Taipei, Aug. 5 (CNA) Taiwan's New Southbound Policy is bearing fruit in the Philippines as Taipei and Manila are engaging in closer cooperation in the fields of agriculture, trade and investment, education and healthcare, the Philippines' top envoy to Taiwan told CNA Wednesday.
Praising the Taiwan government's policy of enhancing exchanges with neighboring Association of Southeast Asian Nations (ASEAN) members, Angelito Banayo said the policy is especially welcome, as it comes at a time when regional partners need closer collaboration.
"It comes at the time when there are so many things happening in the world economy, because of what the U.S. and China are doing, the beginning of what looks like a trade war," said Banayo, chairman and resident representative of the Manila Economic and Cultural Office (MECO), which represents Philippine interests in Taiwan in the absence of official diplomatic ties.
Banayo said it has become important for nations in the Asia-Pacific region to bond together to cooperate and coordinate their efforts so that they will not be negatively affected by the looming trade war between the two major powers.
He said it is also time for Taiwan to look south, as for a very long time, it has focused on the U.S., the European Union and East Asia.
"With this, it brings a lot of opportunities for smaller countries like the Philippines to partner with Taiwan," he noted.
Since the launch of the policy by the administration of President Tsai Ing-wen (???) in May 2016, the MECO head said Taipei and Manila are working more closely in various areas of mutual interest.
For instance, Taiwan and the Philippines signed a new bilateral investment agreement (BIA) in December last year, making it the first updated investment agreement that Taiwan has signed with a country targeted by its New Southbound Policy.
The framework is now being utilized for further investment engagement in the Philippines, he added.
This September, for instance, Banayo said the Philippines will be launching Taiwanese agricultural machinery exports to Davao City on Mindanao Island.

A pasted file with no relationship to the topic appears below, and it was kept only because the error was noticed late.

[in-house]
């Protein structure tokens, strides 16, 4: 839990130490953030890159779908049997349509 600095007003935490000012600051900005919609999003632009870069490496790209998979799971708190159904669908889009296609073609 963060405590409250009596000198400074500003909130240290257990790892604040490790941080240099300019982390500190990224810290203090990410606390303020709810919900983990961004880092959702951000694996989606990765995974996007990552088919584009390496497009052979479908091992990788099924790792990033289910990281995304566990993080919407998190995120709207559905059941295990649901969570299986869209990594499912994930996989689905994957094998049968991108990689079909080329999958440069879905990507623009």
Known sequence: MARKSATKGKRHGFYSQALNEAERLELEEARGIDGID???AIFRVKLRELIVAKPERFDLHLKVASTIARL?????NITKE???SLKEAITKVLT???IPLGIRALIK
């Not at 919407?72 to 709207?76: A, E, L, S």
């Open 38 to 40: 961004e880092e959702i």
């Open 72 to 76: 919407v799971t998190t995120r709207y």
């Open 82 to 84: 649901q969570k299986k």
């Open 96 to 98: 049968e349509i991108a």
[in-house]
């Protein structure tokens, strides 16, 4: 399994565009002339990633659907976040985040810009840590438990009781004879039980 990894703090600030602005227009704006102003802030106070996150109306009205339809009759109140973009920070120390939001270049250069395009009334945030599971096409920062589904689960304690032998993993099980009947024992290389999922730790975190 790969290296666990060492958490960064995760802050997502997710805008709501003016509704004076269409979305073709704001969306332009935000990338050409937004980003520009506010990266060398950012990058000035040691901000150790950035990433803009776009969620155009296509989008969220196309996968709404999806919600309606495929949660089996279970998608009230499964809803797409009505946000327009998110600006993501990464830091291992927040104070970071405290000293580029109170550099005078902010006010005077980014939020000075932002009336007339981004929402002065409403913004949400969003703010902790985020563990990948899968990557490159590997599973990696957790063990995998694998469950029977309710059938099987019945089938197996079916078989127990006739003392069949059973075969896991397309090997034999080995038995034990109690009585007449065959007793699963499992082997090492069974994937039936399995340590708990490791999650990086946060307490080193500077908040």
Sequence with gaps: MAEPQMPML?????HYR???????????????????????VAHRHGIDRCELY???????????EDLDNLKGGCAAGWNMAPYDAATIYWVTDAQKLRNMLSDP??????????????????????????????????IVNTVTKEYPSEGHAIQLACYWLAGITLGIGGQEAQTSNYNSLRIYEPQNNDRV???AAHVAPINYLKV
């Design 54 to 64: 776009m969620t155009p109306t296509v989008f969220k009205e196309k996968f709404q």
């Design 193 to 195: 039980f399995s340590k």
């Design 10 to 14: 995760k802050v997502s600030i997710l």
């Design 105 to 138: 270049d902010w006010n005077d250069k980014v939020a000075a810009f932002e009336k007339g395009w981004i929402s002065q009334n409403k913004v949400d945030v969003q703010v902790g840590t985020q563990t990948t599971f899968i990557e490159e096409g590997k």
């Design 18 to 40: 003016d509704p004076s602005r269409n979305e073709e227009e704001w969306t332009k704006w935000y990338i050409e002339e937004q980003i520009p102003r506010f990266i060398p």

Many Taiwanese businessmen also regularly visit the Philippines to look for potential industrial sites for Taiwanese businesses, he said.
He said Manila is especially interested in learning from Taiwan's experience in fostering small and medium-sized enterprises due to its leadership in the field.
Banayo disclosed that in terms of promoting closer agricultural cooperation, the Philippines and Taiwan will soon launch a demonstration farm, where Taiwanese technology will be on a partnership or joint venture agreement with a Philippine cooperative to produce high-value crops within the next three months.
Both sides are still looking for possible sites for the demo farm, with the crops, fruits, and vegetables to be generated from the project to be exported to Taiwan or even sold domestically in the huge Philippines market, he said.
In the field of cultural and educational exchanges, Banayo said Philippines science high schools will soon offer Mandarin Chinese classes taught by Taiwanese teachers.
"I think that is very important, because eventually I want these high school students to study for their bachelor degrees in science or engineering technology here in Taiwan," he said.
Last Monday, Banayo said, MECO signed a memorandum of understanding with National Kaohsiung University of Science and Technology. The university is going to offer scholarships for Filipino students in applied sciences, engineering and aquatic resources, he noted.
He said this is a good opportunity for more Filipinos to study in Taiwan's higher education institutions, due to the fact that the tuition fees and cost of living in Taiwan are reasonable compared to Singapore, Australia, the U.S. and the U.K.
The other is the healthcare system, together with the Ministry of Health and the Buddhist Compassion Relief Tzu Chi Foundation, Banayo said, adding that Taiwan and the Philippines are going to launch a hospital in the Philippines. Visa Issues
Meanwhile, Banayo also disclosed that a MECO board of directors' meeting last week discussed the possible extension of the validity of visas given to Taiwanese passport-holders, or giving visa-free privileges for officials and diplomats from Taiwan, or even studying the possibility how much MECO can reduce visa fees for Taiwanese applicants.
MECO officials from Manila visited Taiwan last week for talks with local authorities in the National Immigration Agency and the foreign ministry, and will make a public announcement once a decision has been reached.
Source: Focus Taiwan News Channel